Terence Crawford ‘racial bias’ denied by Bob Arum as ‘malicious extortion’

Terence Crawford Bob Arum

Mikey Williams

What appeared to be an amicable parting between WBO welterweight titleholder Terence Crawford and Top Rank chairman Bob Arum following Crawford’s 10th-round knockout victory over Shawn Porter on Nov. 20 that signaled the end of his long-term promotional agreement with the company apparently was anything but.

Crawford, who is Black, filed a lawsuit on Wednesday in Clark County District Court in Nevada against Arum, who is white, accusing him of racial bias in promoting him. Crawford is suing Arum for breach of contract, seeking at least $5.4 million he claims Top Rank owes him, punitive damages, interest on the money he alleges he is owed, and attorneys fees.

“Arum continues to make racist and bigoted statements and purposefully damage the reputations of Black boxers without any consequences,” Crawford attorneys Bryan J. Freedman, Brian E. Turnauer, and Hector J. Carbajal II wrote in the 23-page lawsuit, wrote in the 23-page lawsuit, a copy of which was obtained by World Boxing News. “This is generally because the affected boxers, who are in long-term contracts with Top Rank, fear that if they speak up, they will be placed on the sideline and not given the opportunity to fight during the life of their deal, which could be 5 to 7 years.”

The suit further accuses Top Rank president Todd duBoef, Arum’s step-son, of being “fully aware of Arum’s racist statements and disparate treatment of Black boxers, keeps his mouth shut waiting to take the helm of Top Rank after Arum dies or retires. Since Top Rank and (duBoef) will not police themselves, do the right thing and move forward as a responsible business in 2022, Crawford, who backs down to no one, will make them do so. By this lawsuit, Crawford shines a spotlight on the systemic racism that runs through Top Rank, Top Rank’s complete inability to properly promote Black fighters, and Top Rank, Arum and (duBoef’s) disparate treatment of Black fighters, including Crawford.”

The suit claims that Arum “has made millions of dollars exploiting individuals of color, including Crawford. It is painfully clear that Top Rank, and especially Arum, judges people based on their race. Arum’s sordid history with athletes of color, especially Black fighters, and his bias favoring white and Latino fighters is well-documented and known throughout the boxing world. Arum makes no secret of his deep-seated bias against Black fighters.”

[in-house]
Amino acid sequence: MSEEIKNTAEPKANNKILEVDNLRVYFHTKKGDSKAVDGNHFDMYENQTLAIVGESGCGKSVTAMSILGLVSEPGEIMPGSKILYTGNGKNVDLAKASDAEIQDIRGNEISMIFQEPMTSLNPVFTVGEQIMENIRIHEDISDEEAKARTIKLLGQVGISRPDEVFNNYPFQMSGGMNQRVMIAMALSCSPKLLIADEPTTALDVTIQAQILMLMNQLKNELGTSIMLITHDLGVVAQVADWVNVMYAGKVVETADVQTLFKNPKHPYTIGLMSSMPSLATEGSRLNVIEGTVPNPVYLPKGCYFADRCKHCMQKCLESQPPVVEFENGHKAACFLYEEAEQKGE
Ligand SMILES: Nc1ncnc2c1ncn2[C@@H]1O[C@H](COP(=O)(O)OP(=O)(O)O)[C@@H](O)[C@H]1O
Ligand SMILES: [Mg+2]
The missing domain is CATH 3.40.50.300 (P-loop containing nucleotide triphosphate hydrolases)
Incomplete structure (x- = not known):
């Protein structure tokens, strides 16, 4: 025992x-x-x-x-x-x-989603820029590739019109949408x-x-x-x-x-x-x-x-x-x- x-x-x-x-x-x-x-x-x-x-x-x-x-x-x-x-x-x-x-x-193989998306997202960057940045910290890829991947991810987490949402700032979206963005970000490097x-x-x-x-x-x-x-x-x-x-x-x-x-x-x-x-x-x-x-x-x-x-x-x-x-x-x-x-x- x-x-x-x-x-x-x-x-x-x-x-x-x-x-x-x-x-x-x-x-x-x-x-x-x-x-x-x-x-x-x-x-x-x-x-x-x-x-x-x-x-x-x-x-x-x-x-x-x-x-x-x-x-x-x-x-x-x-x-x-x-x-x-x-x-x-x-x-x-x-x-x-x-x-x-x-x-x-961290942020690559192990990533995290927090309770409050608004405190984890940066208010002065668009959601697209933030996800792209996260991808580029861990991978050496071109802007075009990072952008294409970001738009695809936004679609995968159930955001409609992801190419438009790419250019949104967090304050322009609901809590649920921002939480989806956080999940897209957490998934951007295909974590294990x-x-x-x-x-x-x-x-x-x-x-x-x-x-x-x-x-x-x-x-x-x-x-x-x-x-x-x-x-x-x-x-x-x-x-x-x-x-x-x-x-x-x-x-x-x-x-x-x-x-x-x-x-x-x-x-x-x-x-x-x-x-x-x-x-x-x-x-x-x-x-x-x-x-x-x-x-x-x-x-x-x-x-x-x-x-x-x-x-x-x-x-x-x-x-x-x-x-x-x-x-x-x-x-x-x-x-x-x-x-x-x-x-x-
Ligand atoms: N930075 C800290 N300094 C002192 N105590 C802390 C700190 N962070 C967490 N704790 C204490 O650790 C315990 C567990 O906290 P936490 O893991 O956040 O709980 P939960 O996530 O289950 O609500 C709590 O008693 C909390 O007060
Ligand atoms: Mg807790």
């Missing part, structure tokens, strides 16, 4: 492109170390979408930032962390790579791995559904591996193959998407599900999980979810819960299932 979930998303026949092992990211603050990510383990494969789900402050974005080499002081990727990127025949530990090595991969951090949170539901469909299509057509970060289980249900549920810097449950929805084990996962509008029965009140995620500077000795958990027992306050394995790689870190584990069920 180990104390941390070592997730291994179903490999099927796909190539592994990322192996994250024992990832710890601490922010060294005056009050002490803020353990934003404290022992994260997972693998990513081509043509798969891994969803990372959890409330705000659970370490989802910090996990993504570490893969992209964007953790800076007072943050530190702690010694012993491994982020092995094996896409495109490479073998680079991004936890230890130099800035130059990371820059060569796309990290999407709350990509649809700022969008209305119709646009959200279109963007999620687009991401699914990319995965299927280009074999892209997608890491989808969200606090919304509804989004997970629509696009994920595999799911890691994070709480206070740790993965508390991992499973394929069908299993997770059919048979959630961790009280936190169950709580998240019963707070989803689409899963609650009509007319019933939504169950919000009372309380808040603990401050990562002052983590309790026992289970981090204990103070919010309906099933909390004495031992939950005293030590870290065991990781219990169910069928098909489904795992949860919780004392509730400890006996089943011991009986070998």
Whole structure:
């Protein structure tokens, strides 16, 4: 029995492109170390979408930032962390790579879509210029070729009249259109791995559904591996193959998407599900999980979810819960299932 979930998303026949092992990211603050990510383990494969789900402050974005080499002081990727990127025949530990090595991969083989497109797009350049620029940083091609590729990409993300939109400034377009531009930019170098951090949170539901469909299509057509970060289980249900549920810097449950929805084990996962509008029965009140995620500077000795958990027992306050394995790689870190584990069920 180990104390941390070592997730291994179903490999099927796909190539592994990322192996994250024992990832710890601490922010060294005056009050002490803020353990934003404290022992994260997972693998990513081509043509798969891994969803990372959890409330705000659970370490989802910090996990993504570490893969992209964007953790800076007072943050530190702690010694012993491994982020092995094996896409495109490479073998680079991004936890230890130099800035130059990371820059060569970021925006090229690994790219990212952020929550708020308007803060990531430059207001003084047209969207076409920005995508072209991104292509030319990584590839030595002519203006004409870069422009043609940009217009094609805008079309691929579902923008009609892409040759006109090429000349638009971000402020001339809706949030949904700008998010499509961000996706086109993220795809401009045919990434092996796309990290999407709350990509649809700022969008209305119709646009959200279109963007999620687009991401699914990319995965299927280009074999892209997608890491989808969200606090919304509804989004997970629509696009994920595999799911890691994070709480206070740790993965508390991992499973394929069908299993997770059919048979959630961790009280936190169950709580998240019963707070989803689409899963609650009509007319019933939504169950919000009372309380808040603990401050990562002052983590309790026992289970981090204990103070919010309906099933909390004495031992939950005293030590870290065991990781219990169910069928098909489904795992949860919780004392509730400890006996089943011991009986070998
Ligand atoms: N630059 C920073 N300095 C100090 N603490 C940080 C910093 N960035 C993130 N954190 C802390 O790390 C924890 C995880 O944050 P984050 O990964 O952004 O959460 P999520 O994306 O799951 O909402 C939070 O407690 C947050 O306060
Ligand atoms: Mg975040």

Arum, 90, of Las Vegas , who has often championed the causes of minorities during his 56-year promotional career, called the suit “frivolous.”

“Bud Crawford’s lawsuit against Top Rank is frivolous,” Arum said in a statement given to World Boxing News. “His vile accusations of racism are reckless and indefensible. He knows it, and his lawyer knows it. I have spent my entire working life as a champion of Black boxers, Latino boxers, and other boxers of color. I have no doubt the court will see Crawford’s case for the malicious extortion attempt that it is.”

Crawford said in the lawsuit that once Arum thought that he would not re-sign with him at the conclusion of the recently expired deal he launched a “smear campaign” against him by referring to him as “an unexciting, unprofitable fighter who could not draw viewers. In truth, Top Rank, a company with zero Black executives, and only two or three Black employees, refuses to admit that it simply does not care about, support, or know how to promote Black fighters.”

The suit alleges breach of contract, in particular as it relates Crawford’s welterweight title defense against Egidijus Kavaliauskas in December 2019.

“Top Rank has repeatedly breached its contracts with Crawford, and in fact defrauded him into entering agreements in the first place,” the suit said. “Even while Top Rank openly criticized Crawford, it pushed him into agreeing to fight Egidijus Kavaliauskas – not because that was best for Crawford’s career, but because Top Rank needed to fulfill its obligations to (broadcast partner) ESPN. To induce Crawford to agree to the Kavaliauskas bout, Top Rank fraudulently promised to arrange for Crawford to fight Errol Spence Jr. despite knowing that Top Rank could never deliver the promised match.